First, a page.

This weekend I decided to drive up to Big Spring Creek to go fly fishing on one of Pennslyvania’s famous springs creeks. I read that this stream is expecially known for producing large brook trout, and that was all I needed to hear to put it on my list. It’s also known as an extremely difficult stream to fly fish, and I’m always up for a challenge. Big Spring Creek has the combination of crystal clear water and wary trout, so you have to be very cautious on your approach.
When I arrived, I took in the scenary for a bit while putting on my waders. I’ve gotta say that it’s one of the most beautiful trout streams I’ve visited in the US. It has the look of a classic English chalk stream, and is full of life. I saw several birds, a water snake, turtles, and a few muskrat. The trout aren’t easy to spot here, and are well adapted to their surroundings.
The first fish I spotted was cruising at the bottom of a deep pool. I crouched down on the river bank and casted into my first drift. The trout took a subtle look, but stayed in its holding spot. A few more drifts by with my size 18 scud, and it was clear that it wasn’t interested enough. I tied on a second fly as my dropper and got a drift right in its path. I watched the fish move a bit, set the hook, saw the fish shake its head, and knew I was going to be in for a fight. There is a ton of underwater plant life here, and keeping this trout in control was difficult. Combined with a fairly light tippet, I was lucky to finally bring it to my net.
After safely releasing that brook trout, I was ready to catch another. I always think of the first fish on a new river as an icebreaker, especially on a stream that has a reputation like Big Spring Creek. It gives you that boost of confidence that you can figure out this stream and how to be successful. Fly fishing isn’t all about catching fish, but it sure feels nice on days when you do.
Now that my icebreaker was out of the way, it was time to explore the other stretches of the river. The interesting thing about Pennslyvania is that most of the land beside the water is privately owned. There are some exceptions whereby a landowner grants open privaleges to anglers to fish the waters, but you have to be sure of that. Given those limitations, I avoided fishing any stretches on private property. I followed Big Spring Creek Road out of Newville, and it runs the length of the stream to its source. The creek has several pull offs which are dotted along the road every half mile or so. There are walking trails at many of parking areas, and they vary in length. It’s not very hikable unless you enjoy walking alongside a road, so I’d recommend driving and pulling off to fish certain spots.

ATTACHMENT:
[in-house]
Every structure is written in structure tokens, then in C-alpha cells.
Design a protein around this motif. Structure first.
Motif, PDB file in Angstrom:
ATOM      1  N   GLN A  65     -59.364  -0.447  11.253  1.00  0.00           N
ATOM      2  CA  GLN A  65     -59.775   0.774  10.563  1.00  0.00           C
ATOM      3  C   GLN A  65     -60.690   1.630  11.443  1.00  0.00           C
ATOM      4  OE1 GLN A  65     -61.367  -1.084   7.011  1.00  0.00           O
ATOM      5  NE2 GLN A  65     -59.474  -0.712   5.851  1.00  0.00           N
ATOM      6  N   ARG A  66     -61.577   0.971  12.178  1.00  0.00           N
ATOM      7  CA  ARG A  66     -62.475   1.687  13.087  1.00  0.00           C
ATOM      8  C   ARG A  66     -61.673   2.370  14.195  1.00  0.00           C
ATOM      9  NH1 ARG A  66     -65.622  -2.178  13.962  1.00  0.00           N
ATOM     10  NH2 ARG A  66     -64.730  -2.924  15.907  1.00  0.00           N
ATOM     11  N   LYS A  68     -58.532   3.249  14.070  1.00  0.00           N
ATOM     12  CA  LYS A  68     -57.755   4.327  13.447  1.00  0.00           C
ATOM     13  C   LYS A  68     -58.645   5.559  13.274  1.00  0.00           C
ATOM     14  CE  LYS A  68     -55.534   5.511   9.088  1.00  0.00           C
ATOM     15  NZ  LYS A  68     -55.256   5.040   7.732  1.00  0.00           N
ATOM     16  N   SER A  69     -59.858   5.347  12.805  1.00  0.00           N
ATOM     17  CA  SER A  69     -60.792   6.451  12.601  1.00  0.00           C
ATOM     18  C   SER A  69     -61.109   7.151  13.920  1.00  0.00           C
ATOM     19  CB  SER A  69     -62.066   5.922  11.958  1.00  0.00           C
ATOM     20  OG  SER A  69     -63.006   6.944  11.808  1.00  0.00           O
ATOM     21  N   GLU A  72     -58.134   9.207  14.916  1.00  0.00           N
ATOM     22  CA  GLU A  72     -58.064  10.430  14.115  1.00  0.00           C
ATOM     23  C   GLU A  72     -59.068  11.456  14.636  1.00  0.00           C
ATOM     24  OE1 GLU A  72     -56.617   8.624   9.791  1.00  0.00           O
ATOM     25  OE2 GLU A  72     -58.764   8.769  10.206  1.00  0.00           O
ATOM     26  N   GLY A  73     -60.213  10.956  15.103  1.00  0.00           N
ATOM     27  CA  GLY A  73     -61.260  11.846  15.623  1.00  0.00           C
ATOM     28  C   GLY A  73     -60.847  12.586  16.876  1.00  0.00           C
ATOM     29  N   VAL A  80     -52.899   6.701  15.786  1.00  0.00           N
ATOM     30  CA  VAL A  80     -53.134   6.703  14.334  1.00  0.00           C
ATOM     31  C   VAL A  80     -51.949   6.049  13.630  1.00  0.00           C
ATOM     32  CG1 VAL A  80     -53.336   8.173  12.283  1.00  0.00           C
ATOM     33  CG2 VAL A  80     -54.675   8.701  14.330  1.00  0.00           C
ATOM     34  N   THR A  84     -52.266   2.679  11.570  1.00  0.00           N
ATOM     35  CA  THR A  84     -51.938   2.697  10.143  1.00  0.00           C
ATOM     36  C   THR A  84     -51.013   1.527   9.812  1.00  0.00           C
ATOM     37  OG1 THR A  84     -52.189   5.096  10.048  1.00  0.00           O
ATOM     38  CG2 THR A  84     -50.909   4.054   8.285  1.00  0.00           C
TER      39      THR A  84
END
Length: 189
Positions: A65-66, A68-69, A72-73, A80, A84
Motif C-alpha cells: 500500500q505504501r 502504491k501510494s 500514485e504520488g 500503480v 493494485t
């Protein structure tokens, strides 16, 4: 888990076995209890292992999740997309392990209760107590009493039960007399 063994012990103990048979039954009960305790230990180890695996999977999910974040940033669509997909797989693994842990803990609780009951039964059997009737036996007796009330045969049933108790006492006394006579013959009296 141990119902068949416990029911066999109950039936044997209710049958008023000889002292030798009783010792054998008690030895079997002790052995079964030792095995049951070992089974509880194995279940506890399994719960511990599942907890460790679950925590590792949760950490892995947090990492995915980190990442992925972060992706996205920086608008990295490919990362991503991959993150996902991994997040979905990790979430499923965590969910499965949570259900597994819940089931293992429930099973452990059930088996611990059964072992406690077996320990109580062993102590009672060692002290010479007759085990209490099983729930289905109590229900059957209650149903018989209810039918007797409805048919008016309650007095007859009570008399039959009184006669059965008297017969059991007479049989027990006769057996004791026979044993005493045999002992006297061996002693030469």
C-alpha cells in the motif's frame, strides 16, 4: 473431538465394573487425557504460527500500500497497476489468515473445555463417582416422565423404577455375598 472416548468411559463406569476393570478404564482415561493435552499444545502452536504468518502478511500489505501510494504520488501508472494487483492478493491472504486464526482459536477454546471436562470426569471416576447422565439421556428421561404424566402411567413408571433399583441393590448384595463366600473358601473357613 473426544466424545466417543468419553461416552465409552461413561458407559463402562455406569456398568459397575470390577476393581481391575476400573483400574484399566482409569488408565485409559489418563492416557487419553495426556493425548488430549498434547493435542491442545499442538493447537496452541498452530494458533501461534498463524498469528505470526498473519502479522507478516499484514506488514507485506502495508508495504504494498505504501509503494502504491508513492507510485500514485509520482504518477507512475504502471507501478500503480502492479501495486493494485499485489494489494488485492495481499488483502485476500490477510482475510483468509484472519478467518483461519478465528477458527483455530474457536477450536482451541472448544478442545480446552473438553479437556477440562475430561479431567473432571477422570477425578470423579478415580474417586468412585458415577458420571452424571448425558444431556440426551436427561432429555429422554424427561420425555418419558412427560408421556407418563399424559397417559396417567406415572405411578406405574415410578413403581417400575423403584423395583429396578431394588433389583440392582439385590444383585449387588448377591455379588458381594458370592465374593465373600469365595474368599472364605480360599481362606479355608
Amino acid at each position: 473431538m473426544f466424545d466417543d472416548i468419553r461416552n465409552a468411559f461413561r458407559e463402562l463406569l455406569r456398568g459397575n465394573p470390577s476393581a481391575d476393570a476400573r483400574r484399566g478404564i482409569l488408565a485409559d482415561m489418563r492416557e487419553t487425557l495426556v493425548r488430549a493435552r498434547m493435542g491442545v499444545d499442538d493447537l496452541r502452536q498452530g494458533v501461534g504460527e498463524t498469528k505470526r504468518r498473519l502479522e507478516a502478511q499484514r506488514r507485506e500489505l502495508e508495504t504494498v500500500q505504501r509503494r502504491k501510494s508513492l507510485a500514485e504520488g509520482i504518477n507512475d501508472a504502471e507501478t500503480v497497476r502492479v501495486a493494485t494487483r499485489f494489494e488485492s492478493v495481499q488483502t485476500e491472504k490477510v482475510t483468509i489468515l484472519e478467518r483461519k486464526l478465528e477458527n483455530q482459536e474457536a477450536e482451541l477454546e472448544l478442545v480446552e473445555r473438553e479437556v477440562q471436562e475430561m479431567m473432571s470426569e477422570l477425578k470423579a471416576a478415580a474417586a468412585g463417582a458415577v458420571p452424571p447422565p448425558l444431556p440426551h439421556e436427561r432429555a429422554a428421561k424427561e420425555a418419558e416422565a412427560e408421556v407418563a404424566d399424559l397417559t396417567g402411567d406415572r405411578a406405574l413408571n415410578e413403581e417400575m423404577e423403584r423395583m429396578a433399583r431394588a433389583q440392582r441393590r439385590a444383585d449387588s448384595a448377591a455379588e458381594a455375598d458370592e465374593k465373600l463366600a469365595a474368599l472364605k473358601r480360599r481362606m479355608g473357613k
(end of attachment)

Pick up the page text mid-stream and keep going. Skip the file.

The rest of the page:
One of my first thoughts on this ridiculously sunny day was to find some shade. Cautious trout typically don’t pick their holding spots in shallow and sunny water, so I focused on deep pools with cover and nearby bridges. I didn’t see a single rise during the time I was there, so I used a tight line nymphing technique the entire time.
The second brookie came to hand after I let my fly travel on a long drift, partially under a nearby bridge. I had to stay in touch with my fly the entire time, and kept my line as taut as possible. I felt a hit and set the hook. As expected, the trout took off under the bridge downstream, and I know too well it’s often a losing battle when a fish gets downstream of you. Fortunately, I was able to gain control and bring it back upstream.
For my last stop of the day I visited a riffle section just below the final 100 yards of the catch and release section. This part of the river is also only about 100 yards from the source of the spring itself. It’s amazing to see the source of the spring and to watch the water flow right out of the rocks. In this section, I caught a healthy little rainbow trout, which was a bit of a surprise to me. I released the rainbow and decided to call it a day. I had a great day at Big Spring Creek and I’m sure I’ll be back to visit. In the meantime, I have a lot of other new water to check out!